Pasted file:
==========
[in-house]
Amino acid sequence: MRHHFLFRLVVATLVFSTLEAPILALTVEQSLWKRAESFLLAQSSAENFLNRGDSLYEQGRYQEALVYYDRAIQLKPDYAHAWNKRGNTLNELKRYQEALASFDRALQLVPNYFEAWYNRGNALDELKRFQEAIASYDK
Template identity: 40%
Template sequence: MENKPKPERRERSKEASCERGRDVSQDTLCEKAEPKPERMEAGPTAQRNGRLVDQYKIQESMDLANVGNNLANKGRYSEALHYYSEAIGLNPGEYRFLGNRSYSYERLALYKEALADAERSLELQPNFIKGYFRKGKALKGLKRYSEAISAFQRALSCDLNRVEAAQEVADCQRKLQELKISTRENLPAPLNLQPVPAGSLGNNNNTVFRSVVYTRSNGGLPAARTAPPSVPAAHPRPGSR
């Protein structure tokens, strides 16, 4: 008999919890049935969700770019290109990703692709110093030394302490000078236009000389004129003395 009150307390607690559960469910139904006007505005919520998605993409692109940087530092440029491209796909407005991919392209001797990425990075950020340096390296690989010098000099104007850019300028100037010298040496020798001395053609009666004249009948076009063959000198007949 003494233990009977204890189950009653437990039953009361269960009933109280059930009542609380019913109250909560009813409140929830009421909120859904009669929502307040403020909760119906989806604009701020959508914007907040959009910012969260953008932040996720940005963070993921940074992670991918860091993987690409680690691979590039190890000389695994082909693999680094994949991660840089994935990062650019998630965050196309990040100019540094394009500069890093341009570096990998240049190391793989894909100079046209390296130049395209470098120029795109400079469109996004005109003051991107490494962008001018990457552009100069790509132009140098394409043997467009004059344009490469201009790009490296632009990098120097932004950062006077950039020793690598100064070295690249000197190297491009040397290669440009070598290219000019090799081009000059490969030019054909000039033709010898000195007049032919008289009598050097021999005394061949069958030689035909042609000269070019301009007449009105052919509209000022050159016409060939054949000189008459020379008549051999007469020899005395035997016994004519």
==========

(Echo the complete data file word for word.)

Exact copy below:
[in-house]
Amino acid sequence: MRHHFLFRLVVATLVFSTLEAPILALTVEQSLWKRAESFLLAQSSAENFLNRGDSLYEQGRYQEALVYYDRAIQLKPDYAHAWNKRGNTLNELKRYQEALASFDRALQLVPNYFEAWYNRGNALDELKRFQEAIASYDK
Template identity: 40%
Template sequence: MENKPKPERRERSKEASCERGRDVSQDTLCEKAEPKPERMEAGPTAQRNGRLVDQYKIQESMDLANVGNNLANKGRYSEALHYYSEAIGLNPGEYRFLGNRSYSYERLALYKEALADAERSLELQPNFIKGYFRKGKALKGLKRYSEAISAFQRALSCDLNRVEAAQEVADCQRKLQELKISTRENLPAPLNLQPVPAGSLGNNNNTVFRSVVYTRSNGGLPAARTAPPSVPAAHPRPGSR
């Protein structure tokens, strides 16, 4: 008999919890049935969700770019290109990703692709110093030394302490000078236009000389004129003395 009150307390607690559960469910139904006007505005919520998605993409692109940087530092440029491209796909407005991919392209001797990425990075950020340096390296690989010098000099104007850019300028100037010298040496020798001395053609009666004249009948076009063959000198007949 003494233990009977204890189950009653437990039953009361269960009933109280059930009542609380019913109250909560009813409140929830009421909120859904009669929502307040403020909760119906989806604009701020959508914007907040959009910012969260953008932040996720940005963070993921940074992670991918860091993987690409680690691979590039190890000389695994082909693999680094994949991660840089994935990062650019998630965050196309990040100019540094394009500069890093341009570096990998240049190391793989894909100079046209390296130049395209470098120029795109400079469109996004005109003051991107490494962008001018990457552009100069790509132009140098394409043997467009004059344009490469201009790009490296632009990098120097932004950062006077950039020793690598100064070295690249000197190297491009040397290669440009070598290219000019090799081009000059490969030019054909000039033709010898000195007049032919008289009598050097021999005394061949069958030689035909042609000269070019301009007449009105052919509209000022050159016409060939054949000189008459020379008549051999007469020899005395035997016994004519």